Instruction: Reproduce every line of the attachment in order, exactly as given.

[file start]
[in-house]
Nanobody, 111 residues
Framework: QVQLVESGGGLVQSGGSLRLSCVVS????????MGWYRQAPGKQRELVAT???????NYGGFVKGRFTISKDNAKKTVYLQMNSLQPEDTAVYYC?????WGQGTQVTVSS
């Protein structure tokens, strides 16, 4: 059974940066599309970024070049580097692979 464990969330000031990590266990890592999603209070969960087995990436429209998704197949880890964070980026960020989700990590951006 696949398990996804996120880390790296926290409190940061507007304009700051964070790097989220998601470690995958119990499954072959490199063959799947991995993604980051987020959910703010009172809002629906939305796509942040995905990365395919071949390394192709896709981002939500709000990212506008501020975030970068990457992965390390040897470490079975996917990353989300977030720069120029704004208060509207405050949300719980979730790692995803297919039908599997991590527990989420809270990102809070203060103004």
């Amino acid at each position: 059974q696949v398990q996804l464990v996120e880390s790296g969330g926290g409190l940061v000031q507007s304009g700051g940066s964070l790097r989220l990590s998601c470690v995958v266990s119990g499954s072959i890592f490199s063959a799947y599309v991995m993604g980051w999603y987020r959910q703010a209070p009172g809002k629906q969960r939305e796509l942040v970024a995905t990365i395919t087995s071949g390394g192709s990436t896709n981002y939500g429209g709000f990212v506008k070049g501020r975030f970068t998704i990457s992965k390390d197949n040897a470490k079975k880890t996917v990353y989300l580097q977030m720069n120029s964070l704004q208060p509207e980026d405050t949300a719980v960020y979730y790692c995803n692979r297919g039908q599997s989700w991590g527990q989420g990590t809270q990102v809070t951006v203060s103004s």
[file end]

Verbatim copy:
[in-house]
Nanobody, 111 residues
Framework: QVQLVESGGGLVQSGGSLRLSCVVS????????MGWYRQAPGKQRELVAT???????NYGGFVKGRFTISKDNAKKTVYLQMNSLQPEDTAVYYC?????WGQGTQVTVSS
């Protein structure tokens, strides 16, 4: 059974940066599309970024070049580097692979 464990969330000031990590266990890592999603209070969960087995990436429209998704197949880890964070980026960020989700990590951006 696949398990996804996120880390790296926290409190940061507007304009700051964070790097989220998601470690995958119990499954072959490199063959799947991995993604980051987020959910703010009172809002629906939305796509942040995905990365395919071949390394192709896709981002939500709000990212506008501020975030970068990457992965390390040897470490079975996917990353989300977030720069120029704004208060509207405050949300719980979730790692995803297919039908599997991590527990989420809270990102809070203060103004």
């Amino acid at each position: 059974q696949v398990q996804l464990v996120e880390s790296g969330g926290g409190l940061v000031q507007s304009g700051g940066s964070l790097r989220l990590s998601c470690v995958v266990s119990g499954s072959i890592f490199s063959a799947y599309v991995m993604g980051w999603y987020r959910q703010a209070p009172g809002k629906q969960r939305e796509l942040v970024a995905t990365i395919t087995s071949g390394g192709s990436t896709n981002y939500g429209g709000f990212v506008k070049g501020r975030f970068t998704i990457s992965k390390d197949n040897a470490k079975k880890t996917v990353y989300l580097q977030m720069n120029s964070l704004q208060p509207e980026d405050t949300a719980v960020y979730y790692c995803n692979r297919g039908q599997s989700w991590g527990q989420g990590t809270q990102v809070t951006v203060s103004s």